Migrating from MSSQL to PostgreSQL
We recently moved the infrastructure of a live SaaS product from Windows Azure Cloud to Amazon AWS. While we’re still pleased with the decision and are reaping cost saving benefits, we wanted to see if we could push our optimization further. Managing our hosting costs went down, but one line item in the AWS bill was still exceptionally large in comparison to others - the Amazon RDS for SQL Server.
To be fair, we were happy with Amazon RDS for SQL Server – it’s stable, works well, abundance of tools available and the team has deep knowledge with the tech. And while cost was manageable in the near future, we saw potential challenges long term due to our data architecture decisions. You see, we chose a sharded multi-tenancy database strategy and so far we utilize two shards (RDS instances), where data is split to shards by customer:
- 1st shard – r3.2xlarge (8 vCPU, 61 Memory GiB), hosts 450 Customers, Database size – 35 GB, $911.04 / month
- 2nd shard – r3.xlarge (4 vCPU, 30.5 Memory GiB), hosts 100 Customers, Database size – 18 GB, $448.22 / month
The product is successful and the customer count is constantly growing, so we can foresee the need to spin up the 3rd and 4th shards in near future. Each fully utilized shard would cost us an additional $911.04 per month. Since we’re trying to keep our hosting expenses lower than 5% of revenue, such growth tendencies are not satisfactory based on our current strategy. The answer now obvious – look for cheaper and/or open source alternatives.
Two alternatives were considered: MySQL and PostgreSQL. Due to maturity, current development velocity, and future potential PostgreSQL was chosen as the next database engine.
The following three hurdles had to be overcome in order to start using PostgreSQL:
- Create/migrate database schema objects to PostgreSQL from MSSQL
- Implement PostgreSQL support in our applications
- Migrate data to PostgreSQL
Database schema changes
We lucked out. Since day one our strategy has been to keep the database tiny. Our business logic was stored in the software layer, while the database was responsible only for data storage. The most common objects in our database are tables, views, and so on (primary keys, foreign keys, indexes, etc.).
We also had several stored procedures. Rewriting these required quite a different understanding of how a batch of SQL statements is executed in PostgreSQL. First of all, there is no definition such as „stored procedure” in PostgreSQL. There are functions that has have return clause and that return clause determines whether a function is a „function“ or a „stored procedure“. Another difference is that in MSSQL stored procedure local variables can be declared anywhere, however in PostgreSQL functions local variables have to be declared at the beginning of the function. Obviously it's only a syntax difference that requires a habit change.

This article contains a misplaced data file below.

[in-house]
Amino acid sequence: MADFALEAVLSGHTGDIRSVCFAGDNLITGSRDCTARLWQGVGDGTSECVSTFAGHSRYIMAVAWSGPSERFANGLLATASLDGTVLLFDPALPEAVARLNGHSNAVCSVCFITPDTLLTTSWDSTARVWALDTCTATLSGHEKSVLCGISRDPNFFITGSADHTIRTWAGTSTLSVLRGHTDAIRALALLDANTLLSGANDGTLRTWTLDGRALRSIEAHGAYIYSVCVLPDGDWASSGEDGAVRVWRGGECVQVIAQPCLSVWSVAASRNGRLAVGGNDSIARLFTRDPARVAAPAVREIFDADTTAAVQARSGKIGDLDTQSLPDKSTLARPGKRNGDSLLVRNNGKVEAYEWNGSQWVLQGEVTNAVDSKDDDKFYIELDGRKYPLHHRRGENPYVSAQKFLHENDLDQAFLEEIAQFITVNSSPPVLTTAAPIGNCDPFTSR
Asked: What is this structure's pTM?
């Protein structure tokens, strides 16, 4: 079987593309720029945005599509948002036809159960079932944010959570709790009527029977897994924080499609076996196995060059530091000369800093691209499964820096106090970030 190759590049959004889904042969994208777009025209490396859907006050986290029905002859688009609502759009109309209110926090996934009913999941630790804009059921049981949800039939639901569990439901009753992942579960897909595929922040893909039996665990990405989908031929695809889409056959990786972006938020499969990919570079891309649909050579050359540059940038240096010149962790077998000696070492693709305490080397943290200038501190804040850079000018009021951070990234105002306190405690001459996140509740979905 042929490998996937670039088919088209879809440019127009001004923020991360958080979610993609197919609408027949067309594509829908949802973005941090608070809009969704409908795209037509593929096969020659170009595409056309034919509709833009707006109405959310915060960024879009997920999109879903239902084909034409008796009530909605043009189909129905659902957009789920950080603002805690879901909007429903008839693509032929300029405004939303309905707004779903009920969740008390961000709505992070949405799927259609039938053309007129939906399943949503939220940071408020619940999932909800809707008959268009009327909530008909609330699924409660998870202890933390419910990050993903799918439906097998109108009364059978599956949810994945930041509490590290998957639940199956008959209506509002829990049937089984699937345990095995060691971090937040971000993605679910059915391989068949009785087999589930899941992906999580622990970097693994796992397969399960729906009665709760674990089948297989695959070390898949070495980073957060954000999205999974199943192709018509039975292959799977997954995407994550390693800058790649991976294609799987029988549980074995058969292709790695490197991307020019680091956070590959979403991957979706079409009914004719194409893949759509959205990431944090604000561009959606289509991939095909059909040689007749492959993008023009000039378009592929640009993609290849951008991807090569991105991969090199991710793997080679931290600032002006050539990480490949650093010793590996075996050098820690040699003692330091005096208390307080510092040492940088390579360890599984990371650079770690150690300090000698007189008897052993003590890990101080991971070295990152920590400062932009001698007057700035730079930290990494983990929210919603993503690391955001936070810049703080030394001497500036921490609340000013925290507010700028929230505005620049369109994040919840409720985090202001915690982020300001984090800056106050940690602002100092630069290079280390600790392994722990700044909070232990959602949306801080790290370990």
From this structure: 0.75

Other schema objects were migrated without much complications:
Tables. Some of the data types don’t match directly, so they had to be changed to corresponding PostgreSQL data types. Below is a list of data types which we had to change:
- NVARCHAR(100) -> CHARACTER VARYING(100)
- NVARCHAR(MAX) -> TEXT
- DATETIME -> TIMESTAMP WITHOUT TIME ZONE
- BIT -> BOOLEAN
- DECIMAL(18, 7) -> NUMERIC(18, 7)
- FLOAT -> DOUBLE PRECISION
- IDENTITY -> SERIAL
View syntax is the same as in MSSQL. Minor note: views can not be altered once metadata of a view is changed (added / removed column or changed column data type). In that case you have to drop a view and recreate it once again.
Primary keys. Concept is the same, however in PostgreSQL primary key is always clustered. Meanwhile in MSSQL there is a choice whether primary key is clustered or not – if primary key is non-clustered, then any one other index could be created as clustered. It also should be noted that in MSSQL no matter what kind of primary key is created (clustered or non-clustered), an index will be created as well (respectively clustered or non-clustered).
Foreign keys. Syntax and behavior are very similar. Differences show up if there is a need to disable/enable foreign keys for better performance in specific cases. In MSSQL you can disable any foreign key with following syntax:
ALTER TABLE Foo NOCHECK CONSTRAINT FK_Name